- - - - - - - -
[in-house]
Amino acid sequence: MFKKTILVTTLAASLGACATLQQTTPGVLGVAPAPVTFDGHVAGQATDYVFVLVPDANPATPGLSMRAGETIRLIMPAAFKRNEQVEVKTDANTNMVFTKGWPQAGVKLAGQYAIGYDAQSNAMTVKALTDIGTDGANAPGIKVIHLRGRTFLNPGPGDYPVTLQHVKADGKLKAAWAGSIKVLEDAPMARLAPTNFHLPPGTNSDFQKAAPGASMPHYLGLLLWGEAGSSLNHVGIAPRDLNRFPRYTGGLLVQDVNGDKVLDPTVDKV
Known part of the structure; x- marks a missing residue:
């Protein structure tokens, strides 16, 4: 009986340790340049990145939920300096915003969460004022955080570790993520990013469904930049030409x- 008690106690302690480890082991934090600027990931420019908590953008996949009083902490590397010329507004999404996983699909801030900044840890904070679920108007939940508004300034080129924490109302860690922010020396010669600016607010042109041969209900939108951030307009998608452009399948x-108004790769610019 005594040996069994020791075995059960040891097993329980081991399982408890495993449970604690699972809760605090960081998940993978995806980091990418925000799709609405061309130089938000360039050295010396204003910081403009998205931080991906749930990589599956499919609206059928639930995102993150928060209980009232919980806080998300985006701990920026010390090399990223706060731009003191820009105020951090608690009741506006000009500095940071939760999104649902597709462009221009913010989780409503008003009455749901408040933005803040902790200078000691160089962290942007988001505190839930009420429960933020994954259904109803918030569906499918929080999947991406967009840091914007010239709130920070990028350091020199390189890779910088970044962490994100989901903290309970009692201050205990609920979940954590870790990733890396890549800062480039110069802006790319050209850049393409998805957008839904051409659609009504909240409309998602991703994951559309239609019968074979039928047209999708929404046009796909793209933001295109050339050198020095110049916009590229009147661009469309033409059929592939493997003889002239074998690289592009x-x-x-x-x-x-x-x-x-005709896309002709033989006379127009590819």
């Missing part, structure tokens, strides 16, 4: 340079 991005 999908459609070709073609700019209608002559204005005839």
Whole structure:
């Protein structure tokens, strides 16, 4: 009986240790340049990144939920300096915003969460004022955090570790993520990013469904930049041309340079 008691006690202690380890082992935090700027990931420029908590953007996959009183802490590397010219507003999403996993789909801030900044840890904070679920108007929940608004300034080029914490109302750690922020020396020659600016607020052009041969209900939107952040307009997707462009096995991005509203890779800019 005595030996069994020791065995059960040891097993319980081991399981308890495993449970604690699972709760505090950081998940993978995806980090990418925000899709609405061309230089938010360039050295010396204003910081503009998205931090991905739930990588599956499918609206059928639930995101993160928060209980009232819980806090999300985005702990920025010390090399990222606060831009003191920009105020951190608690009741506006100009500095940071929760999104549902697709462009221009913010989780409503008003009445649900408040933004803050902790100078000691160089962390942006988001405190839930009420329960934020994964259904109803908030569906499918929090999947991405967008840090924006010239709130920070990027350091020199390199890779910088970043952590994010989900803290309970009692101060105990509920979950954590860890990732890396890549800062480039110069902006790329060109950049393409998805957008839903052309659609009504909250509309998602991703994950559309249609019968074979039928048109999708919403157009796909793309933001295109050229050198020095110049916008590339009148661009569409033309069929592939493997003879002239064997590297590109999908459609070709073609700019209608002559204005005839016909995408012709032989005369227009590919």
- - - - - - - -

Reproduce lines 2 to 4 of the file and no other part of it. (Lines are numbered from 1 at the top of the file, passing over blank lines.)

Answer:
Amino acid sequence: MFKKTILVTTLAASLGACATLQQTTPGVLGVAPAPVTFDGHVAGQATDYVFVLVPDANPATPGLSMRAGETIRLIMPAAFKRNEQVEVKTDANTNMVFTKGWPQAGVKLAGQYAIGYDAQSNAMTVKALTDIGTDGANAPGIKVIHLRGRTFLNPGPGDYPVTLQHVKADGKLKAAWAGSIKVLEDAPMARLAPTNFHLPPGTNSDFQKAAPGASMPHYLGLLLWGEAGSSLNHVGIAPRDLNRFPRYTGGLLVQDVNGDKVLDPTVDKV
Known part of the structure; x- marks a missing residue:
């Protein structure tokens, strides 16, 4: 009986340790340049990145939920300096915003969460004022955080570790993520990013469904930049030409x- 008690106690302690480890082991934090600027990931420019908590953008996949009083902490590397010329507004999404996983699909801030900044840890904070679920108007939940508004300034080129924490109302860690922010020396010669600016607010042109041969209900939108951030307009998608452009399948x-108004790769610019 005594040996069994020791075995059960040891097993329980081991399982408890495993449970604690699972809760605090960081998940993978995806980091990418925000799709609405061309130089938000360039050295010396204003910081403009998205931080991906749930990589599956499919609206059928639930995102993150928060209980009232919980806080998300985006701990920026010390090399990223706060731009003191820009105020951090608690009741506006000009500095940071939760999104649902597709462009221009913010989780409503008003009455749901408040933005803040902790200078000691160089962290942007988001505190839930009420429960933020994954259904109803918030569906499918929080999947991406967009840091914007010239709130920070990028350091020199390189890779910088970044962490994100989901903290309970009692201050205990609920979940954590870790990733890396890549800062480039110069802006790319050209850049393409998805957008839904051409659609009504909240409309998602991703994951559309239609019968074979039928047209999708929404046009796909793209933001295109050339050198020095110049916009590229009147661009469309033409059929592939493997003889002239074998690289592009x-x-x-x-x-x-x-x-x-005709896309002709033989006379127009590819």